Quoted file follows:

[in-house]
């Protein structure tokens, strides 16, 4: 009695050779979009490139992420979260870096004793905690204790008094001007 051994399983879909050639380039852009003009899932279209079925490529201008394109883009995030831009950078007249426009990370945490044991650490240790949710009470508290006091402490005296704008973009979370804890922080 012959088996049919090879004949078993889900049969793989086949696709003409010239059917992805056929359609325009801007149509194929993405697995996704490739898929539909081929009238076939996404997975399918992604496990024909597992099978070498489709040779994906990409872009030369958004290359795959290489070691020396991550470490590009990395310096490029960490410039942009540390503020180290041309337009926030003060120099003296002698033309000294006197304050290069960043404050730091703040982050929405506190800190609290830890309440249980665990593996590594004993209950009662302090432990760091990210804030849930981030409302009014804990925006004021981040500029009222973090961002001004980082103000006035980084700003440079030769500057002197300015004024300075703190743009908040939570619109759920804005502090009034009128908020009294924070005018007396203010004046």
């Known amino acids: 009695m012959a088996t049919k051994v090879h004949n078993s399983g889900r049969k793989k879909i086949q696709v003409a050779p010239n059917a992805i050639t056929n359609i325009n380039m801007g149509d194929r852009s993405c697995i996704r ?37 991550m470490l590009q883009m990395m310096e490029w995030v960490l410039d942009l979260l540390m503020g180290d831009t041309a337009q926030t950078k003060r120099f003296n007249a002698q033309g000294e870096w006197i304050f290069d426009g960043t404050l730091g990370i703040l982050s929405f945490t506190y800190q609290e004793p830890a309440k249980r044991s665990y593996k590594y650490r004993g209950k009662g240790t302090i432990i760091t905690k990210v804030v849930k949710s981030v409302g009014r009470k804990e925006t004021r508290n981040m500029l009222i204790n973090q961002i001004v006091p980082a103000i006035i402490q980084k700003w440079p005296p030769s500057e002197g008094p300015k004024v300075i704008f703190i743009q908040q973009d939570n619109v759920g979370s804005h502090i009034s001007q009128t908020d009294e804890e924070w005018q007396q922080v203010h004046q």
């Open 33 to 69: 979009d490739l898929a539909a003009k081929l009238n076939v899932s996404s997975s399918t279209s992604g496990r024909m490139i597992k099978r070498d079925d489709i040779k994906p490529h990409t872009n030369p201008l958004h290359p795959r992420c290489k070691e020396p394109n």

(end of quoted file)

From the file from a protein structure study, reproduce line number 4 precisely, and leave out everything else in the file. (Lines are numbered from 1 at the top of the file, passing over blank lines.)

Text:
């Open 33 to 69: 979009d490739l898929a539909a003009k081929l009238n076939v899932s996404s997975s399918t279209s992604g496990r024909m490139i597992k099978r070498d079925d489709i040779k994906p490529h990409t872009n030369p201008l958004h290359p795959r992420c290489k070691e020396p394109n």